Fig.1: Aether Architecture
In our effort to explore Aether we found the following deployment options:
1) Aether-in-a-Box (AiaB): The first is Aether in a box on Hardware Radios. This setup focuses on deploying a real private LTE/5G Network. This deployment is suitable for laboratory experiments and proof-of-concept deployments. In order to create this setup, the following equipment is needed: a server (physical or VM) for running Aether in a box. We have been using a Sercomm CBRS LTE small cell and finally, a SIM card writer and some end devices for testing purposes. For the Developer’s deployment, the role of the eNodeB plays the OAI SIM as a simulation solution for evaluating the developer’s commits. AiaB architecture is similar to Fig.2, where the BESS-based UPF is employed.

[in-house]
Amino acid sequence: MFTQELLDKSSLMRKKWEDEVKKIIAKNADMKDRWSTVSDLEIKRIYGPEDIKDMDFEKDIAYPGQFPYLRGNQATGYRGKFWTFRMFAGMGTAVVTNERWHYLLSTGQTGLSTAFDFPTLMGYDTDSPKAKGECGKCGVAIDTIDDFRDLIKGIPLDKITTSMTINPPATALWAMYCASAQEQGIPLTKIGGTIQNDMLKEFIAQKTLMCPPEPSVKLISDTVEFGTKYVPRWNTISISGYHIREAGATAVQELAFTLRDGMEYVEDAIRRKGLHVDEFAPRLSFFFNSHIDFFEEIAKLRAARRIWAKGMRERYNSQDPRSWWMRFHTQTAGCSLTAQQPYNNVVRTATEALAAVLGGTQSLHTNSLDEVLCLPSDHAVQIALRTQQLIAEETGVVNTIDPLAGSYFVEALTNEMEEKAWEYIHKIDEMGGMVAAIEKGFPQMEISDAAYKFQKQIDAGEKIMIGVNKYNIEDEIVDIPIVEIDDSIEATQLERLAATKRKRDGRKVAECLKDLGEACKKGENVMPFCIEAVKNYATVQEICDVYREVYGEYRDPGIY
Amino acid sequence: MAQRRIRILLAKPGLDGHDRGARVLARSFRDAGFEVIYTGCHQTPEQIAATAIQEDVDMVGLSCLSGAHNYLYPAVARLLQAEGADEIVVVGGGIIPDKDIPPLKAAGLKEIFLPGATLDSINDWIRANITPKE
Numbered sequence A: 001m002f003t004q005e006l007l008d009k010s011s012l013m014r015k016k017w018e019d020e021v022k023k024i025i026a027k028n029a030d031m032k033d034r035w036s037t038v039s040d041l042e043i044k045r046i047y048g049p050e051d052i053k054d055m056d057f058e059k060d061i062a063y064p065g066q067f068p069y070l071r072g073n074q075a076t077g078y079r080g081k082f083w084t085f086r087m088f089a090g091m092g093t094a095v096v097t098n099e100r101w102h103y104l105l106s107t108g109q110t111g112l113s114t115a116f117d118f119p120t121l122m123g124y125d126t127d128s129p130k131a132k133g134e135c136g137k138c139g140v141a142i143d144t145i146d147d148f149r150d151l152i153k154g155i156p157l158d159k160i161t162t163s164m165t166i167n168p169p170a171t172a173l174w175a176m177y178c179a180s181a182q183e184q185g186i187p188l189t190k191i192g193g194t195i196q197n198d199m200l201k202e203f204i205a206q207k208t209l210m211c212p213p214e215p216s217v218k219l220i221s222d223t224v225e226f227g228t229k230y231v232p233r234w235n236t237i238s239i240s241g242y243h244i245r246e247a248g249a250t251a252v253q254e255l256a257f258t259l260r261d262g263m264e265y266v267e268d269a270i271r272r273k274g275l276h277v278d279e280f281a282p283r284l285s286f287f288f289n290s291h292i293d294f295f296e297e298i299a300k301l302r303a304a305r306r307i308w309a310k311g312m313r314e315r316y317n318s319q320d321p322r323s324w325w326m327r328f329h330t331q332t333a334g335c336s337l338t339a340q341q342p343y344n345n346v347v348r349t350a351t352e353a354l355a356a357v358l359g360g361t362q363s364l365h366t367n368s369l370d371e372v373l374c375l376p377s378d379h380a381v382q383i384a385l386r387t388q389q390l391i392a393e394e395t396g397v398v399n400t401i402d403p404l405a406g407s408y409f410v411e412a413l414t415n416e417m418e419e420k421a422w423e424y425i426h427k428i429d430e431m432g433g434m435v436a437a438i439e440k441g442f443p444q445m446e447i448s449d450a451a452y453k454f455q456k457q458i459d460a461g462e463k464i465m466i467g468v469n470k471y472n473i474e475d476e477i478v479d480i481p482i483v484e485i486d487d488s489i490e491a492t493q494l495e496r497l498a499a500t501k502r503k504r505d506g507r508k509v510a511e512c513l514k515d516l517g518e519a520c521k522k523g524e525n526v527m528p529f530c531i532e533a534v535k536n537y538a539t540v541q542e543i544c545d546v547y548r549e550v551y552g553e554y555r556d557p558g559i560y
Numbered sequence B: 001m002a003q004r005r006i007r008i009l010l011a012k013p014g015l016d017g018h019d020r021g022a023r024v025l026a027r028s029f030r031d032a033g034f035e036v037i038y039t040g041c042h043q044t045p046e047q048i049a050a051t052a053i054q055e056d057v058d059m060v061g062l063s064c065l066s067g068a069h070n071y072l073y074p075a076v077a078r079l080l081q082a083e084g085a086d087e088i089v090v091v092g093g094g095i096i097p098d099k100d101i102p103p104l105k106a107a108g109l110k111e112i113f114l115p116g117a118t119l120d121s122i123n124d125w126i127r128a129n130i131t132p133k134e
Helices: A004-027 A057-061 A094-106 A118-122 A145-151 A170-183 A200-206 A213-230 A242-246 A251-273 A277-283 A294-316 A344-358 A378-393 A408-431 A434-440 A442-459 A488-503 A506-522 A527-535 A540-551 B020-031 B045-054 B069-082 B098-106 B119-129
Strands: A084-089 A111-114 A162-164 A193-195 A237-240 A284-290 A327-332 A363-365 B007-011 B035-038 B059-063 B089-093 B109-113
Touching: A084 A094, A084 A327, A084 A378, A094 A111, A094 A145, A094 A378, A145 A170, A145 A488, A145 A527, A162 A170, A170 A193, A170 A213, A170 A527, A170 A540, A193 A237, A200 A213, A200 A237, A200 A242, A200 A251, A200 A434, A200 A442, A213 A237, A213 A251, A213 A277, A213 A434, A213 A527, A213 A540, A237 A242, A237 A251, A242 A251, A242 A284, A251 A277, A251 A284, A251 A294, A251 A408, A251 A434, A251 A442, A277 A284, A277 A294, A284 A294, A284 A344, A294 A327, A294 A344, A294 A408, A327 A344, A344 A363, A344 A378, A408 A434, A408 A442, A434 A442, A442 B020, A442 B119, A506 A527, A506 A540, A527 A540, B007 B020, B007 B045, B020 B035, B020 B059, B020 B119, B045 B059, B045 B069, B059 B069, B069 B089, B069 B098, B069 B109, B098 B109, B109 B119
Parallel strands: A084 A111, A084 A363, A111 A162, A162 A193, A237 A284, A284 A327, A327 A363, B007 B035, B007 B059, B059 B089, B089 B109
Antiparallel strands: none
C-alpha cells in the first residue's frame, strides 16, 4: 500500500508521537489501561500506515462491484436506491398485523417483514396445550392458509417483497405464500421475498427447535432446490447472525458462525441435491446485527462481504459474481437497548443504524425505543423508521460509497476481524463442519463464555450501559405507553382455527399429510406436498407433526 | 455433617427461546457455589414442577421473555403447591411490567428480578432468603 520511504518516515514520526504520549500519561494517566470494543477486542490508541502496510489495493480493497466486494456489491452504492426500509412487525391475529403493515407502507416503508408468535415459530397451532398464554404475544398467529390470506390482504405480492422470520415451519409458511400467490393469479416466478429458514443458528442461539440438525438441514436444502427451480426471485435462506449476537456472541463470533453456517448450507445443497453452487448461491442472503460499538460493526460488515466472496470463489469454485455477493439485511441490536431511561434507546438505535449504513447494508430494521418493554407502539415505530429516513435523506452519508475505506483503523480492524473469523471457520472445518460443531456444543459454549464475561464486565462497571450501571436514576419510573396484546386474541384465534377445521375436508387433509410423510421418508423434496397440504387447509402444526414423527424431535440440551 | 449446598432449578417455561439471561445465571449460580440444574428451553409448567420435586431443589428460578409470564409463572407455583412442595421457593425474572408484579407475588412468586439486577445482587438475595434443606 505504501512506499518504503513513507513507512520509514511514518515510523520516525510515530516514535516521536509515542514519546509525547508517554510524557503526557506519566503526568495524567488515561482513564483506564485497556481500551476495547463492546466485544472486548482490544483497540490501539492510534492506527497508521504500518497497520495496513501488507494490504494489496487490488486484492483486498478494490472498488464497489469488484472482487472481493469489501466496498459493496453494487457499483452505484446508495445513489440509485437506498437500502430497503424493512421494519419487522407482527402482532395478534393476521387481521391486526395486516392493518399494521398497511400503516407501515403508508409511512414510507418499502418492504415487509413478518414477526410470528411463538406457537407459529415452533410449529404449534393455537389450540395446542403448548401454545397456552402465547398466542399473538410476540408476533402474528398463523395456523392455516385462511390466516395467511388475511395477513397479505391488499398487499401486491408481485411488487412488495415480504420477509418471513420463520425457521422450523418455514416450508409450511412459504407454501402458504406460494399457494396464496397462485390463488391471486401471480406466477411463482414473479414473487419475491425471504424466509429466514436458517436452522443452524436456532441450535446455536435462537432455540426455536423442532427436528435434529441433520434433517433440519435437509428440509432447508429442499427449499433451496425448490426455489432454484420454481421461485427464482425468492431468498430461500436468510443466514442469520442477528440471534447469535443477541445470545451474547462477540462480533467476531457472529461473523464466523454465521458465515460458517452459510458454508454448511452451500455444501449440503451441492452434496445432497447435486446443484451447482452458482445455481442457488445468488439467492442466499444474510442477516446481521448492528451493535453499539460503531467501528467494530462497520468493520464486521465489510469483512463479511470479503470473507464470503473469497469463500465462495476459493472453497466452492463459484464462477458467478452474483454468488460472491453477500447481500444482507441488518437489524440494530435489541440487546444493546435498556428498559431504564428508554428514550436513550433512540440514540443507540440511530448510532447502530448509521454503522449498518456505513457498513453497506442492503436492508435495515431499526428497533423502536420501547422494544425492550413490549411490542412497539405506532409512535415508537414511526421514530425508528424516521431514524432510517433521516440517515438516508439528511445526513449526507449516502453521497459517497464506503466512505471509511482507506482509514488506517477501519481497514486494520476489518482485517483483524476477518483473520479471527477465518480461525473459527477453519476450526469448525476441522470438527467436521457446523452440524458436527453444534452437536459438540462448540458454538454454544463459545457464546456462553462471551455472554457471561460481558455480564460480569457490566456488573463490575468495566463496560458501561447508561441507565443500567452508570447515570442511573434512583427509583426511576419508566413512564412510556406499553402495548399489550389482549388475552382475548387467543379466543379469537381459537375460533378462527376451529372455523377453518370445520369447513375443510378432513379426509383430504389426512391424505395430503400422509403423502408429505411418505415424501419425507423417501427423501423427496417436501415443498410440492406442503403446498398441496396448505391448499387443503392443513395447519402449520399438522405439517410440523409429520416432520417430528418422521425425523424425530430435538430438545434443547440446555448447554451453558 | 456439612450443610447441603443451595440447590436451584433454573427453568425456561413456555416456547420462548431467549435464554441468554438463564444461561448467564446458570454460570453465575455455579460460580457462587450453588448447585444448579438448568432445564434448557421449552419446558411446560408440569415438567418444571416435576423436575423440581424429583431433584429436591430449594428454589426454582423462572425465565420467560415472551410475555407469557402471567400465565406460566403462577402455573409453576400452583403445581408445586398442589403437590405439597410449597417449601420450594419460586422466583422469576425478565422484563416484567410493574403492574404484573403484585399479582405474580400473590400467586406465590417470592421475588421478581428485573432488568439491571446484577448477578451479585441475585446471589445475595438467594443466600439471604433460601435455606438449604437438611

2) Production Edge Deployment: This deployment is the one needed to support the final production-level deployment of our project. It integrates various tools in order to deploy Aether at the production level (multiple edges). For example, it uses NetBox for the modeling/logging of the edge-cloud infrastructures, Ansible for the automation of the deployment, and Rancher for the creation of the Kubernetes Cluster. Then on top of this cluster, the SD-Core is deployed, along with cloud-central capabilities. The Production Deployments has two setup options: 1) BESS UPF, 2) P4-Based UPF. Both are illustrated in figures Fig.1 and Fig.2. In the first option, the UPF is software-based while in the second option a P4-Switch is needed for UPF to be operatable. By this time of writing, we still exploring the Production Edge Deployment.